My desire for a road-going corolla started not long after I got my KE70, long before I was considering a peanut. The KE70 sedan I owned was never destined for the road, but I always envisioned developing a killer engine and driveline to swap into a road car. I never got that far, but the KE70 still had lots to do with the rest of this story, so you’ll have to keep an eye out over the next few posts.
What’s a Peanut?
Peanut is the global nickname given to the second generation (E20) corolla two-door sedan. Coupes were known as Mangoes. 🙂 The second generation really captured my attention. The ’70s might not have been the USA’s heyday for automotive design but a lot of Japanese designs found their stride. It’s said that the KE20s are ‘coke bottle’ styled, trading stoic, uptight body lines of the first generation for curves and contemporary highlights.
This daydreaming then turned more often to Gumtree browsing, and late in 2014 I found a listing for a 1974 KE20 two door sedan rolling shell. It was a reasonable price and it was at least worth a look to see what sort of condition ’20s were selling for. There are plenty of potential alarm bells for rolling shells, mainly in terms of completeness and condition. I was surprised to find this one manageable for both. I took a stack of photos and pored over them that evening, myself still learning what to expect of the ins and outs of a KE20. Only a handful of parts were missing from an otherwise complete but dismantled shell. This particular shell had been resprayed a while ago and while even the second lot of paint was at the end of it’s lifetime, inspection and even tapping around with a magnet suggested that there were only a few usual weak spots in terms of serious corrosion, and hopefully no undue use of body filler.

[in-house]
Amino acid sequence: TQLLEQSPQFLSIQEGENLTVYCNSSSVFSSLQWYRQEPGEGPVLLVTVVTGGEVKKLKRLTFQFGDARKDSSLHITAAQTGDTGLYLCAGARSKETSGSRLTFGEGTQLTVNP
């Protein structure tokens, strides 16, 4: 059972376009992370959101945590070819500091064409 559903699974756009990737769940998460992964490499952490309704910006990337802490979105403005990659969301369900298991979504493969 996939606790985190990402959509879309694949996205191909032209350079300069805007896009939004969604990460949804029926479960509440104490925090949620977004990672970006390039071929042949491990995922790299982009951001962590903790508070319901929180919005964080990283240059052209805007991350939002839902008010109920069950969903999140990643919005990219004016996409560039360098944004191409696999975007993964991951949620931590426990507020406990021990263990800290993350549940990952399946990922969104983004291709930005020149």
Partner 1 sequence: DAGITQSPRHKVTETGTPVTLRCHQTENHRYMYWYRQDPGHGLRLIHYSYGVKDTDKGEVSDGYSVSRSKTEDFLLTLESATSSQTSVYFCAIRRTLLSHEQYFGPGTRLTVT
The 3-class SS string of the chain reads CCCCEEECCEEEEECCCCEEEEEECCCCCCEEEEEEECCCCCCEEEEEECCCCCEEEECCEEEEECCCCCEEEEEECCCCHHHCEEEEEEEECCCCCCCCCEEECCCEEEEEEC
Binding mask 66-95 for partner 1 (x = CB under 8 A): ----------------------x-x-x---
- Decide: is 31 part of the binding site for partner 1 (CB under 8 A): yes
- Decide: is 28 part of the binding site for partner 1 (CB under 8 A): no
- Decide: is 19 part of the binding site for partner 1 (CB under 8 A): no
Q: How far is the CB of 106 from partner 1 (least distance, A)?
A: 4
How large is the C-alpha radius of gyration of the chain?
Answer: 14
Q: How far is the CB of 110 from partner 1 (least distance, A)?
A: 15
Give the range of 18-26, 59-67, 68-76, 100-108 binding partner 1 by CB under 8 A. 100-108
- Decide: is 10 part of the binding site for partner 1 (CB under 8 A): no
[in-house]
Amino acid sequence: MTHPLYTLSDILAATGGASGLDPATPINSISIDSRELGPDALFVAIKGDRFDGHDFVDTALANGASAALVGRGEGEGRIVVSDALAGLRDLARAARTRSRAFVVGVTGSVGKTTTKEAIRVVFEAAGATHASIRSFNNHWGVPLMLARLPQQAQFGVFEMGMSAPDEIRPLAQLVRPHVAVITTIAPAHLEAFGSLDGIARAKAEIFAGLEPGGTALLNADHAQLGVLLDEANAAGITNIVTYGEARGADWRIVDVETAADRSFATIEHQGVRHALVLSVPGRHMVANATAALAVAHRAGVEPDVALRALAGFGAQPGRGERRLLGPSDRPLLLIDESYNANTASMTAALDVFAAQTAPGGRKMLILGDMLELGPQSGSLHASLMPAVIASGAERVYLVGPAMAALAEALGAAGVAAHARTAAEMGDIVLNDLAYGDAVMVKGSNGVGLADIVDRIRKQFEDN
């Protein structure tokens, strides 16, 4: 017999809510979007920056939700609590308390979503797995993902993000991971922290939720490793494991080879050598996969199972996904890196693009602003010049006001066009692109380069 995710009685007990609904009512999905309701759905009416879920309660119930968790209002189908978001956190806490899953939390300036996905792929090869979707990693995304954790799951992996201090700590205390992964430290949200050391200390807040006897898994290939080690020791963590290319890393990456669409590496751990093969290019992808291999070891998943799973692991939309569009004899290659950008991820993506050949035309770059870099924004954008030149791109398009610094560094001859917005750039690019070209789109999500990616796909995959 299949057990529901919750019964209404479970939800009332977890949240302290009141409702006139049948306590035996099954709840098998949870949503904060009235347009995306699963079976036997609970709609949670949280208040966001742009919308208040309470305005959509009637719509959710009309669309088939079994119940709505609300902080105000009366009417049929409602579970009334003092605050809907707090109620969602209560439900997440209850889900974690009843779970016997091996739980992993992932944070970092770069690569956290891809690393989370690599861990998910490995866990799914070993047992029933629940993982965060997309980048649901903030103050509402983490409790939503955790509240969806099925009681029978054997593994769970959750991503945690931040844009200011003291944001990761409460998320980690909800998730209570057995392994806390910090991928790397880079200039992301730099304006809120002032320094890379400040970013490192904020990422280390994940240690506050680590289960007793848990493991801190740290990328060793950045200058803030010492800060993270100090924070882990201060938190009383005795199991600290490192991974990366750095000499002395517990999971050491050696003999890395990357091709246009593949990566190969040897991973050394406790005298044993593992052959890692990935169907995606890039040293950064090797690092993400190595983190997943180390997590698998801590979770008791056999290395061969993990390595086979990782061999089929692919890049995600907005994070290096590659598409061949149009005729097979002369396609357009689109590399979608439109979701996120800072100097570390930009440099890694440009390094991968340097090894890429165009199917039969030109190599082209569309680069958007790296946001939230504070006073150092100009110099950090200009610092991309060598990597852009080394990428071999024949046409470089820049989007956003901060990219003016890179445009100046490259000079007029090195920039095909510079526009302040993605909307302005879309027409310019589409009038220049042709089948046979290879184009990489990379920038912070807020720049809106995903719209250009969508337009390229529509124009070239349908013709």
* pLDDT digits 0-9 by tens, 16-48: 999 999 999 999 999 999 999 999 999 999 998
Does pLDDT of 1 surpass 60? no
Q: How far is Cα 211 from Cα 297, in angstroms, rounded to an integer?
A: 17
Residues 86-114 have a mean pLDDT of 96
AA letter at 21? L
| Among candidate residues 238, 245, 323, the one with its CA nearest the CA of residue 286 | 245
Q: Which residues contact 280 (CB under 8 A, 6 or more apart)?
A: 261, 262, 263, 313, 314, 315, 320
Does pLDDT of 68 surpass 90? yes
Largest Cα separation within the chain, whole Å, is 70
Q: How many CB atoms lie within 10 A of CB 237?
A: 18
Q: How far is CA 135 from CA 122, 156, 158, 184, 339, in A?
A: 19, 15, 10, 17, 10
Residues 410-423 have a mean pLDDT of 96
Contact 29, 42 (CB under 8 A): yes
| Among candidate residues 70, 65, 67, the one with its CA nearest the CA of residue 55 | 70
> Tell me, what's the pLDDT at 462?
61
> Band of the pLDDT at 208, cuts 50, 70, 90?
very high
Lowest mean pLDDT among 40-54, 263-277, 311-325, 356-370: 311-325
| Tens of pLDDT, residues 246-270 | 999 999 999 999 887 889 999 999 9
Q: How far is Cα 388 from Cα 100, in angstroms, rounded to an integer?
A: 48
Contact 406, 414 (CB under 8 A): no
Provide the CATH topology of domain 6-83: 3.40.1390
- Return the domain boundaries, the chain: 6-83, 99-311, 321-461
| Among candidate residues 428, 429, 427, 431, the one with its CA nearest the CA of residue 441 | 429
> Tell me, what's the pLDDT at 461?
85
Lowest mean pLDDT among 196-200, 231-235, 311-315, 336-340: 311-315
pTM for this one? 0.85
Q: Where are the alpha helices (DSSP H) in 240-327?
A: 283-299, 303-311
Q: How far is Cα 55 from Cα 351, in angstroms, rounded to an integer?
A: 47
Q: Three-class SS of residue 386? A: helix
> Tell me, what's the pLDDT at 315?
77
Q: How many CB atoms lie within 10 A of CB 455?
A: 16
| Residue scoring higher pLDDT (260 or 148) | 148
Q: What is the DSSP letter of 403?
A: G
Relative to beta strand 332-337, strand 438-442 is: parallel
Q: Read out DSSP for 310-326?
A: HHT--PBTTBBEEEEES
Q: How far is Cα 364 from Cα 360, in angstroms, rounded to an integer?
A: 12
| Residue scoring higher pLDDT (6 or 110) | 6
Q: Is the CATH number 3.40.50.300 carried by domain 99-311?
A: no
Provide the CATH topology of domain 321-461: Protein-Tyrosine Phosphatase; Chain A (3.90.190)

I arranged the cash the next day and picked it up at the end of the week. These cars are compact; I used a standard flatbed tandem axle trailer!
I towed the Corolla to a shed where I could store it without it getting in the way, and work on it as time and funds permit. The only tricky bit is that it was a three hour drive away! But there were other advantages to that location, which you’ll see in due course. 🙂